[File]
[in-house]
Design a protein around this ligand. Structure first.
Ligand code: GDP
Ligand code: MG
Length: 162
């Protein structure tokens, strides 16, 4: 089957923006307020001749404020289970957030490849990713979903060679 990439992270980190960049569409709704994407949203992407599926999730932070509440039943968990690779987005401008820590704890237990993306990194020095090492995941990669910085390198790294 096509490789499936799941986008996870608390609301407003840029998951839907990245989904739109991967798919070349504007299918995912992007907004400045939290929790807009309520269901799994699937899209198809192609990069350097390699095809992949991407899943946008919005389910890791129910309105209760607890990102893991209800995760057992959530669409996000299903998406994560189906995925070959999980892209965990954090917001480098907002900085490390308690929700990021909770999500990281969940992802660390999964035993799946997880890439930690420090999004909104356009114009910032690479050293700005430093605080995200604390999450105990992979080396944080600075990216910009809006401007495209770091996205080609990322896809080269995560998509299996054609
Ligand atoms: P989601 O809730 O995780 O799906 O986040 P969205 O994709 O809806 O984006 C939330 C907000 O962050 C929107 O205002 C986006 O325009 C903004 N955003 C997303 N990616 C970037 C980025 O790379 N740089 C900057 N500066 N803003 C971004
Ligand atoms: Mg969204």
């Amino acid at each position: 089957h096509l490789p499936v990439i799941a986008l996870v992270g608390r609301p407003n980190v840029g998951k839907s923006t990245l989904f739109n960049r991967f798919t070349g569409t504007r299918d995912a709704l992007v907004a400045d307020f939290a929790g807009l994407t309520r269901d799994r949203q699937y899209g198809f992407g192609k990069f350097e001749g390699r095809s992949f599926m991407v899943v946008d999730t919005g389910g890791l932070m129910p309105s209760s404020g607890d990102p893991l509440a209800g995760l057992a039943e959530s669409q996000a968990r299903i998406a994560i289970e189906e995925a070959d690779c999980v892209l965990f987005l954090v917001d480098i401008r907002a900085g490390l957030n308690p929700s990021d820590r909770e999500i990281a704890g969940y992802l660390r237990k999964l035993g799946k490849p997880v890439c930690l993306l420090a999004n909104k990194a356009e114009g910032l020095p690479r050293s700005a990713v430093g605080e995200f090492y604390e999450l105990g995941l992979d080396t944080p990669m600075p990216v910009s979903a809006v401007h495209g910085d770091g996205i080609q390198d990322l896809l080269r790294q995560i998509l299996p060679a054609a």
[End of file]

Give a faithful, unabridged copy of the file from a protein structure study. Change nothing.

[in-house]
Design a protein around this ligand. Structure first.
Ligand code: GDP
Ligand code: MG
Length: 162
């Protein structure tokens, strides 16, 4: 089957923006307020001749404020289970957030490849990713979903060679 990439992270980190960049569409709704994407949203992407599926999730932070509440039943968990690779987005401008820590704890237990993306990194020095090492995941990669910085390198790294 096509490789499936799941986008996870608390609301407003840029998951839907990245989904739109991967798919070349504007299918995912992007907004400045939290929790807009309520269901799994699937899209198809192609990069350097390699095809992949991407899943946008919005389910890791129910309105209760607890990102893991209800995760057992959530669409996000299903998406994560189906995925070959999980892209965990954090917001480098907002900085490390308690929700990021909770999500990281969940992802660390999964035993799946997880890439930690420090999004909104356009114009910032690479050293700005430093605080995200604390999450105990992979080396944080600075990216910009809006401007495209770091996205080609990322896809080269995560998509299996054609
Ligand atoms: P989601 O809730 O995780 O799906 O986040 P969205 O994709 O809806 O984006 C939330 C907000 O962050 C929107 O205002 C986006 O325009 C903004 N955003 C997303 N990616 C970037 C980025 O790379 N740089 C900057 N500066 N803003 C971004
Ligand atoms: Mg969204």
């Amino acid at each position: 089957h096509l490789p499936v990439i799941a986008l996870v992270g608390r609301p407003n980190v840029g998951k839907s923006t990245l989904f739109n960049r991967f798919t070349g569409t504007r299918d995912a709704l992007v907004a400045d307020f939290a929790g807009l994407t309520r269901d799994r949203q699937y899209g198809f992407g192609k990069f350097e001749g390699r095809s992949f599926m991407v899943v946008d999730t919005g389910g890791l932070m129910p309105s209760s404020g607890d990102p893991l509440a209800g995760l057992a039943e959530s669409q996000a968990r299903i998406a994560i289970e189906e995925a070959d690779c999980v892209l965990f987005l954090v917001d480098i401008r907002a900085g490390l957030n308690p929700s990021d820590r909770e999500i990281a704890g969940y992802l660390r237990k999964l035993g799946k490849p997880v890439c930690l993306l420090a999004n909104k990194a356009e114009g910032l020095p690479r050293s700005a990713v430093g605080e995200f090492y604390e999450l105990g995941l992979d080396t944080p990669m600075p990216v910009s979903a809006v401007h495209g910085d770091g996205i080609q390198d990322l896809l080269r790294q995560i998509l299996p060679a054609a």